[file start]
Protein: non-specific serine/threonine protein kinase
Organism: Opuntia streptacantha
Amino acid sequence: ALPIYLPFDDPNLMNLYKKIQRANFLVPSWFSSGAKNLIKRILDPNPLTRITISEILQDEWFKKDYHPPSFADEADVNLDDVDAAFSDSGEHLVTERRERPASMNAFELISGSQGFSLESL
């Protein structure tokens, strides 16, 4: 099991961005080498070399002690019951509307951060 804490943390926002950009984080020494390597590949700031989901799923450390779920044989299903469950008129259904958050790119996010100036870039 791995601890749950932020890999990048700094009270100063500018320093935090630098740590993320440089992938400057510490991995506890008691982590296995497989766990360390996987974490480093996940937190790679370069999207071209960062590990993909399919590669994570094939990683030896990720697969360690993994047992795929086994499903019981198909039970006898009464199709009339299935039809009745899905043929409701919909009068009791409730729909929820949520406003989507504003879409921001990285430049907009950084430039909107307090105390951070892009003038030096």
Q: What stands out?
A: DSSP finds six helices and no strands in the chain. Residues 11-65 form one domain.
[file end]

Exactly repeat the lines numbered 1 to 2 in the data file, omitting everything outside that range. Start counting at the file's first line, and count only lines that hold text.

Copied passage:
Protein: non-specific serine/threonine protein kinase
Organism: Opuntia streptacantha